The art of making things easier is explained by the well-known design theory of simplicity. The idea is not to eliminate the superfluous functions of a product or service but to tap the innovative entrepreneur’s in-depth knowledge of a particular subject in order to define the essence of the problem. It’s about starting from scratch and using your imagination to describe how things should be.
Products or services designed with simplicity also have another advantage: people use them more often and they are usually quite beautiful. However, a simple design only seems obvious once someone comes up with it.
Framework 3: Make things more affordable
The idea here is to take something viewed by certain consumer segments as a luxury item, imagine its ideal use, determine how much it should cost, and transform it into an affordable mass-consumption good.
This framework overlaps somewhat with the low-cost concept—here, too, the aim is to expand the consumer market—but in this case the quality of the solution offered to the customer is not sacrificed. This framework should not be confused with occasional markdowns used as a marketing tool.
The three-framework methodology can give established companies the same internal benefits as those enjoyed by startups in terms of agile uncertainty management.
For any company bringing an innovation to market, one of the biggest frustrations is the discovery that potential users do not behave as expected. One lesson we can learn from startups is that we should begin by considering the customers’ problems and let them guide the innovation process. Companies should not prescribe new products or innovative services without first understanding what’s going on with their customers. What, exactly, is their problem?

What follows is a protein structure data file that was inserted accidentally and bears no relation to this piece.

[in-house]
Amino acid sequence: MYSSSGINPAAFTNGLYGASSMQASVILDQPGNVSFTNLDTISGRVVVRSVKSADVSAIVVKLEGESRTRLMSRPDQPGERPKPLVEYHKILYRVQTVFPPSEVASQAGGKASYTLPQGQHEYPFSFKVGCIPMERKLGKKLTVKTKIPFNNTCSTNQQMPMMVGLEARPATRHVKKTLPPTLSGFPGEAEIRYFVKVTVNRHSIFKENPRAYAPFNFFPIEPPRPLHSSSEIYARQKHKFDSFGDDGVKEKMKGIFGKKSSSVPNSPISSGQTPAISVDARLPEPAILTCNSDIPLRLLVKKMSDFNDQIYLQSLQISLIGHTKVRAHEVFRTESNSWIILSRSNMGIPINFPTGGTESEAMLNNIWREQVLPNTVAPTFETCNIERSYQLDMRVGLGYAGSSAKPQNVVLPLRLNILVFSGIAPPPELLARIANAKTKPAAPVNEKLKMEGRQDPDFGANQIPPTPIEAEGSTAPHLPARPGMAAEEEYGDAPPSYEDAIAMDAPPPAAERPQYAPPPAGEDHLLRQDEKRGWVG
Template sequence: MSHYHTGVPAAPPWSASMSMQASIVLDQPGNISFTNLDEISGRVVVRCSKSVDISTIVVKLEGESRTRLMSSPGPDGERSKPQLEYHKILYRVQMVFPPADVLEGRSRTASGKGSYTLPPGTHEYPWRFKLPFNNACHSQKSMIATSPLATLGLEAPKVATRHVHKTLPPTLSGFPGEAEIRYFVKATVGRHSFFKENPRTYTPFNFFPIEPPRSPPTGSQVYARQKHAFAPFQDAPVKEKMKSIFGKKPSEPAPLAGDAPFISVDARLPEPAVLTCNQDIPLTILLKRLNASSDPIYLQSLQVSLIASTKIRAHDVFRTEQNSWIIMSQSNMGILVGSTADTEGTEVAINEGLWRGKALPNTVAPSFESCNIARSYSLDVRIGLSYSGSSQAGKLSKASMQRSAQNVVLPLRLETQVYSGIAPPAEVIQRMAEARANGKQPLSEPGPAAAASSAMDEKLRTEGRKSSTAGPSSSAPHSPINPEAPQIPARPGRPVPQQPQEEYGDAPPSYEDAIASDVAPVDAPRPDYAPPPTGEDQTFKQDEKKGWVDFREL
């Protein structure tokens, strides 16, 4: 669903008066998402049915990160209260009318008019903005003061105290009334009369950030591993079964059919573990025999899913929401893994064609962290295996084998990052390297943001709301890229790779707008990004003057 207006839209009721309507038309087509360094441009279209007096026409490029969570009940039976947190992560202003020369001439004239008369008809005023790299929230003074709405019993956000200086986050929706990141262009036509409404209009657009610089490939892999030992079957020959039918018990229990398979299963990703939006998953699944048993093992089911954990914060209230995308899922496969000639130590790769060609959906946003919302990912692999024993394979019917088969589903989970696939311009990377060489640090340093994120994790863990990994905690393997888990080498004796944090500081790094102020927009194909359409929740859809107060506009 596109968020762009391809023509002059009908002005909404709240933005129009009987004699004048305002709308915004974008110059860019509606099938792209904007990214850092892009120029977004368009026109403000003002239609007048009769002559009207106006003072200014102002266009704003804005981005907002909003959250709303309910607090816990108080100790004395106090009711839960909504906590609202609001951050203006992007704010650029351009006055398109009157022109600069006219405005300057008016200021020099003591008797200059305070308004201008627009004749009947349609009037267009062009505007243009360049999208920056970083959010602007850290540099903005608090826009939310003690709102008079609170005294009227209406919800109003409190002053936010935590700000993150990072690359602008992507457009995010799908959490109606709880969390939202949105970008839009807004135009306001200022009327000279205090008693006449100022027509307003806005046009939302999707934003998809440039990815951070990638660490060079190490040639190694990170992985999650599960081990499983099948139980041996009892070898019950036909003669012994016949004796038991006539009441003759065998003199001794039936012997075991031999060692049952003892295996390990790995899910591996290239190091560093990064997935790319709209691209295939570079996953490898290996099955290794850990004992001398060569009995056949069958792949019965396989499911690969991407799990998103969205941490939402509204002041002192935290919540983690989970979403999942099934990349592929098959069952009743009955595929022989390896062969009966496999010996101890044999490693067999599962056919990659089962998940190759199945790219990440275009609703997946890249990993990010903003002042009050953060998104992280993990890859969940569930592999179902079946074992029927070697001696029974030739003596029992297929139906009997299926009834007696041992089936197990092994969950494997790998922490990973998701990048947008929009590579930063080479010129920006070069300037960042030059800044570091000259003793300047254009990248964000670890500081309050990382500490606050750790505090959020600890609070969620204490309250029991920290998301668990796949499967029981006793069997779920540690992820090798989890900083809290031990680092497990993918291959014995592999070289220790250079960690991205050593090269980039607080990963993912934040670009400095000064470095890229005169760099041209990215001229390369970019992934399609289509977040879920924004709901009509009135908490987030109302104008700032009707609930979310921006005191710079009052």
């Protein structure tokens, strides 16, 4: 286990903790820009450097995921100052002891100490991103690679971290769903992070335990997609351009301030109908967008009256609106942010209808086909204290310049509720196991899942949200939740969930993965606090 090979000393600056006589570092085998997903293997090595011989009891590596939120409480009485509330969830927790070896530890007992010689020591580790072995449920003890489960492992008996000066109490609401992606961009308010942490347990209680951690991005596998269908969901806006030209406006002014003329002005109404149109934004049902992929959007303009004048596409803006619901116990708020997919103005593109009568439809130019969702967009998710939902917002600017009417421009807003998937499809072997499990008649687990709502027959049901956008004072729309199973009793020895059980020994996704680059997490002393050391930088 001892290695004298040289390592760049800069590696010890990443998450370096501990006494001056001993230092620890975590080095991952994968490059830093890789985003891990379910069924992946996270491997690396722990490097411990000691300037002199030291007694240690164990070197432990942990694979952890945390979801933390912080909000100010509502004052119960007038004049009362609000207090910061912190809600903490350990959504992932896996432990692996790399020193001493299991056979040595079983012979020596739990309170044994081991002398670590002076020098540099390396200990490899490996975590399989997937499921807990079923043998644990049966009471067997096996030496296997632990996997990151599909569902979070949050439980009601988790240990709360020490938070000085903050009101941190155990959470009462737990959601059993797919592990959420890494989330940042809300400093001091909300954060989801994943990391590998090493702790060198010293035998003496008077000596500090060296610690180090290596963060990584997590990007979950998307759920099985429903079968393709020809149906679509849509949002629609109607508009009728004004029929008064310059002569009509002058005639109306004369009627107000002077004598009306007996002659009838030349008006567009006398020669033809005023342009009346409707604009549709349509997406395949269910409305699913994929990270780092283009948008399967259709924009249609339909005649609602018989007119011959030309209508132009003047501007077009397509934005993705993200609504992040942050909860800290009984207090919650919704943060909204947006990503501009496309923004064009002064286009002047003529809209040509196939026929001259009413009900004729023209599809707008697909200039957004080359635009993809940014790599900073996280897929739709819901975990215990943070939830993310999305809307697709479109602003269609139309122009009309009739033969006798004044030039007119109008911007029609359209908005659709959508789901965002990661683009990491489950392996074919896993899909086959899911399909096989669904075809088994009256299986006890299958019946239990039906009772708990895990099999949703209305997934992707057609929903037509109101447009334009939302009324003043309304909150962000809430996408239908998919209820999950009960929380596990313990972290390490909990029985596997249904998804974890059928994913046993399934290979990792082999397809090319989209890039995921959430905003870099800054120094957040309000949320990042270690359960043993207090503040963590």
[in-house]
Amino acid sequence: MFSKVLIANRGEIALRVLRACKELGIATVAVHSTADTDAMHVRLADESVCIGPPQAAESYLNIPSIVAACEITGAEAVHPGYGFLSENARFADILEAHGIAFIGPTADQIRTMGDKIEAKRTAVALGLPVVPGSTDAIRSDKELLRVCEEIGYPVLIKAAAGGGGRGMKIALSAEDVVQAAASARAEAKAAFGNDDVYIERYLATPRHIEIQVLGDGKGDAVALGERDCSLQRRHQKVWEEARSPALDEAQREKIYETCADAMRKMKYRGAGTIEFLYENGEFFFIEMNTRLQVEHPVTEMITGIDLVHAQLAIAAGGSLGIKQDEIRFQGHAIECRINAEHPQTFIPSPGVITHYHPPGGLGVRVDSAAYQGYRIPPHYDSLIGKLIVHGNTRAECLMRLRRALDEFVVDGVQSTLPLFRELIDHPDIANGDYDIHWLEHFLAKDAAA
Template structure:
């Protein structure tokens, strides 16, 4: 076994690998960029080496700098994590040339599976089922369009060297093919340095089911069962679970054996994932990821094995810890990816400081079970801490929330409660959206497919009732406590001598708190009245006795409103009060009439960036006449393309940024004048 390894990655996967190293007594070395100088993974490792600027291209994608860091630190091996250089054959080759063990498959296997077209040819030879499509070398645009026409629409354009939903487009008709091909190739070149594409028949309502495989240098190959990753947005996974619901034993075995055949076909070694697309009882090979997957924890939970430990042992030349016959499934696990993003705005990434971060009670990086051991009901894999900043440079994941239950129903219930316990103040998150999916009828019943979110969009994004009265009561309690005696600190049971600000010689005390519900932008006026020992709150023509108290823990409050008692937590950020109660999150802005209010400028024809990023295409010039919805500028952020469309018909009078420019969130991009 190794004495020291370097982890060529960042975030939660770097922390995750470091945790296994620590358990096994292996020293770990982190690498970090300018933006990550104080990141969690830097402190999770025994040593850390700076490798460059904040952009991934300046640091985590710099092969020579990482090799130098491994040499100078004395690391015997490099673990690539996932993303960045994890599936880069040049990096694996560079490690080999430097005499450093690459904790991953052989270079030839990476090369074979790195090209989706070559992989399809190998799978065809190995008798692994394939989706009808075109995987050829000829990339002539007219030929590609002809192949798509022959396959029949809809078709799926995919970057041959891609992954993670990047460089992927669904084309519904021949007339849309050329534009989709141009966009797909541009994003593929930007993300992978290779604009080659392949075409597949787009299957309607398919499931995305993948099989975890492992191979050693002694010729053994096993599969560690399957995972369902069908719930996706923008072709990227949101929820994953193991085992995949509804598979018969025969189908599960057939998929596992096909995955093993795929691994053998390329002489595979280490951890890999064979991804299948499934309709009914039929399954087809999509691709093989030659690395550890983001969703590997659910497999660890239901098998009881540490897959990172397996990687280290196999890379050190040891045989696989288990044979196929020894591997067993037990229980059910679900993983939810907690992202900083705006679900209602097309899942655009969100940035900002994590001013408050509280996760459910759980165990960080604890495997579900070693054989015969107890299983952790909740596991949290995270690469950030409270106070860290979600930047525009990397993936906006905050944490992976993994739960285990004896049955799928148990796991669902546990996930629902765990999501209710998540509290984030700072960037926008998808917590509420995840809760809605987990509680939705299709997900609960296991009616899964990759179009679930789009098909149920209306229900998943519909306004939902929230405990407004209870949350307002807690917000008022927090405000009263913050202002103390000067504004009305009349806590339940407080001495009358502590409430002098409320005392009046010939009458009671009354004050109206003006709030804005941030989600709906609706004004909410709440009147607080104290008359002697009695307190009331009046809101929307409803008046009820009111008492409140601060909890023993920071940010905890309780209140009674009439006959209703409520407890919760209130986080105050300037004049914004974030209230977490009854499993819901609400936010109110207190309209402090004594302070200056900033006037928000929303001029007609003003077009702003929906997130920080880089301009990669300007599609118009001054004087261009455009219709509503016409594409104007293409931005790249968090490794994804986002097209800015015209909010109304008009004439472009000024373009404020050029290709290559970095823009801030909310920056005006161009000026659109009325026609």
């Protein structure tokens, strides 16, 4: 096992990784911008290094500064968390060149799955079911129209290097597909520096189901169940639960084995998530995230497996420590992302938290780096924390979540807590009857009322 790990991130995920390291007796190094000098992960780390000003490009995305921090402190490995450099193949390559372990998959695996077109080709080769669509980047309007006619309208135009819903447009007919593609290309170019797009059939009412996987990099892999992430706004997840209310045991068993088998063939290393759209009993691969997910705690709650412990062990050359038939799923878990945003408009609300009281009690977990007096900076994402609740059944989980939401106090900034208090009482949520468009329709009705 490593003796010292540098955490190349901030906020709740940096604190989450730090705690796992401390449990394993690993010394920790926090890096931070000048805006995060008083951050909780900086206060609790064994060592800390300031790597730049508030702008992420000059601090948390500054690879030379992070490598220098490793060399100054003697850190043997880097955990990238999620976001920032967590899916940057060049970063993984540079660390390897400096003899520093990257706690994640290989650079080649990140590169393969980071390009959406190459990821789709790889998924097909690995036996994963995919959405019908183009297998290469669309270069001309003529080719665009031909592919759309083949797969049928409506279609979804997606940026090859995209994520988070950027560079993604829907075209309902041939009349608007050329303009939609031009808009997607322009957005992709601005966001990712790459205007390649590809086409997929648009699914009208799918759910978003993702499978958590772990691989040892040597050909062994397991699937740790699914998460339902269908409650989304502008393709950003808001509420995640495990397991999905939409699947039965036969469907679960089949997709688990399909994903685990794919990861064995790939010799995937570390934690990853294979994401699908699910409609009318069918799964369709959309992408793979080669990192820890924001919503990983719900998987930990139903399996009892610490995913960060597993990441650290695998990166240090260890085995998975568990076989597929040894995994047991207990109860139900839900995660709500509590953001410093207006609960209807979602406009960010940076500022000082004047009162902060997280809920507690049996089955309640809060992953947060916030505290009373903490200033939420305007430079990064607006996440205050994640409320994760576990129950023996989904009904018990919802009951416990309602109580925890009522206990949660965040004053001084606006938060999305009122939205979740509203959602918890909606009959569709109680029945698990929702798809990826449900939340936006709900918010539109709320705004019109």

At this very moment, a hundred startups are probably working on the same idea—one that could transform the conception of new products or services in a particular market. It is quite difficult for any single company to compete with this degree of exploration and development of possibly revolutionary ideas. Given this innovation bottleneck, it is essential for business executives to explore interesting new ways of planning and investing in resources for innovation and to consider new factors in these decisions.
In innovation management, it is often said that no limits should be placed on the type, origin, or purpose of ideas. It may come as a surprise that the innovation journey requires the adoption of a framework to direct exploration towards the most innovative ideas. Reflecting on these three frameworks does not stifle innovation; in fact, it can help companies focus on analyzing and developing ideas that better resemble what the target customer ultimately wants.
Startups operate in relatively unexplored territory. Compared with traditional companies, they are more willing to take risks on disruptive proposals. Nevertheless, the three-framework methodology can give established companies the same internal benefits as those enjoyed by startups in terms of agile uncertainty management. The key is to harness the essence of a startup.